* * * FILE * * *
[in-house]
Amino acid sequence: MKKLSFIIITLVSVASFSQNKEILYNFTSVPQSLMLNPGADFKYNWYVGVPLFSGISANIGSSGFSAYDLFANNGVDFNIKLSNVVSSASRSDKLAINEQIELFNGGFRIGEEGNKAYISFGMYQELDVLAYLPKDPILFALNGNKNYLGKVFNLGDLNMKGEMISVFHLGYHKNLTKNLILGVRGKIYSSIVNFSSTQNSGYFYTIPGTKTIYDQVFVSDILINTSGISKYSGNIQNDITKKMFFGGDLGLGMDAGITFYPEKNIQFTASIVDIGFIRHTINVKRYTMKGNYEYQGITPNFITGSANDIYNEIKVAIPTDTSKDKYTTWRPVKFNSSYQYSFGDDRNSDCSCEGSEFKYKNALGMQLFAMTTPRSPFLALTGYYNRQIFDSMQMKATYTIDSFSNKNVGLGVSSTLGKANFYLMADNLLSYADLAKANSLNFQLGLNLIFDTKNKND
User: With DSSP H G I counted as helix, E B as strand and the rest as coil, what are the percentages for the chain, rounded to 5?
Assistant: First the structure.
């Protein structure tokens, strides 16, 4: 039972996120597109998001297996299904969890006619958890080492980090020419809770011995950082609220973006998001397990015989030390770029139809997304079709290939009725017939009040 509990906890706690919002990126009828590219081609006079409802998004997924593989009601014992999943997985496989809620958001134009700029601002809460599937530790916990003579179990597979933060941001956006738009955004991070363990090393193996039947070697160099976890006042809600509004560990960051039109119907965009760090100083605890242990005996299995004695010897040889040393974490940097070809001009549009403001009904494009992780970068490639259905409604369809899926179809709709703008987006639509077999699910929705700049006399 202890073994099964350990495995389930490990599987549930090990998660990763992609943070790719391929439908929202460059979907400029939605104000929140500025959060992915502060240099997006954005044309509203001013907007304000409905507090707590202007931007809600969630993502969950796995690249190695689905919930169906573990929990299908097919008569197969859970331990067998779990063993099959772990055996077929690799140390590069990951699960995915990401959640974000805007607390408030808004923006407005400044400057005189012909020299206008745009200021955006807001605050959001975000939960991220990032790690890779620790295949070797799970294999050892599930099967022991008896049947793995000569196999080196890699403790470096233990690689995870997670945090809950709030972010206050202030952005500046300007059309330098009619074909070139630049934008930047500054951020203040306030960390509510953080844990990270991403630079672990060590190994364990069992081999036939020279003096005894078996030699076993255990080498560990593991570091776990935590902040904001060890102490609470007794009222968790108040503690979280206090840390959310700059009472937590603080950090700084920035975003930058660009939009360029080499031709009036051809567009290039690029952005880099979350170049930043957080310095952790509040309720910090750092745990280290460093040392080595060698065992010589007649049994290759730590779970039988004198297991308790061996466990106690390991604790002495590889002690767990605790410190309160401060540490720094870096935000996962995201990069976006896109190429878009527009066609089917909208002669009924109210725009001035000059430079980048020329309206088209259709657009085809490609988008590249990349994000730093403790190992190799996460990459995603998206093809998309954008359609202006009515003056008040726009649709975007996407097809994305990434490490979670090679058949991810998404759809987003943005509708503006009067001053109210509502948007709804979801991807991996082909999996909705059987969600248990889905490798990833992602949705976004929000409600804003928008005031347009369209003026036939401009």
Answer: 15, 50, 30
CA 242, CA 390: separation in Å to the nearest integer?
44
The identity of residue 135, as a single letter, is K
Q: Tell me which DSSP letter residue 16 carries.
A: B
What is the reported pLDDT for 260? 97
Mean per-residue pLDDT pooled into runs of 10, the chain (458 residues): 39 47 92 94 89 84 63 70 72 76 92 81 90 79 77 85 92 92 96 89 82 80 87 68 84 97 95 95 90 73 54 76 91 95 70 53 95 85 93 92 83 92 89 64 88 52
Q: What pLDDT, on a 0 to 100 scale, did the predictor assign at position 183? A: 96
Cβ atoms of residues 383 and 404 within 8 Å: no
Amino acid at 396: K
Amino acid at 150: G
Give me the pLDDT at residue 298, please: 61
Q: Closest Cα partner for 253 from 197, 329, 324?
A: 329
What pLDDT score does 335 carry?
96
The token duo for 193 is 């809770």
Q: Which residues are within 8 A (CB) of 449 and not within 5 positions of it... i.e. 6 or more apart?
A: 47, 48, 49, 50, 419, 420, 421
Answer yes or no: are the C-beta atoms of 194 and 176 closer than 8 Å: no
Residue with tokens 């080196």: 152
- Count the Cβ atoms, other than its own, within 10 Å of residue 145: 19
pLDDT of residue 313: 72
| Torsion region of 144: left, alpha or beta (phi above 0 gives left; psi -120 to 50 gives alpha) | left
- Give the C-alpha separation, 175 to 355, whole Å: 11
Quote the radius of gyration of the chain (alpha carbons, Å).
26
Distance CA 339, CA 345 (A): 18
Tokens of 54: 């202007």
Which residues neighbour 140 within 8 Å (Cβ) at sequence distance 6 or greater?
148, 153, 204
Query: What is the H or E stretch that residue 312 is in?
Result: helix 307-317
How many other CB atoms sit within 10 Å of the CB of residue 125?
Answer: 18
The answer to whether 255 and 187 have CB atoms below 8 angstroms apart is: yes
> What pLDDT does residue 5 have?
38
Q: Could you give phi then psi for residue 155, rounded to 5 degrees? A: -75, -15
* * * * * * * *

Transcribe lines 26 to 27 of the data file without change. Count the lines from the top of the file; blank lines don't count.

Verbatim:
Answer yes or no: are the C-beta atoms of 194 and 176 closer than 8 Å: no
Residue with tokens 């080196």: 152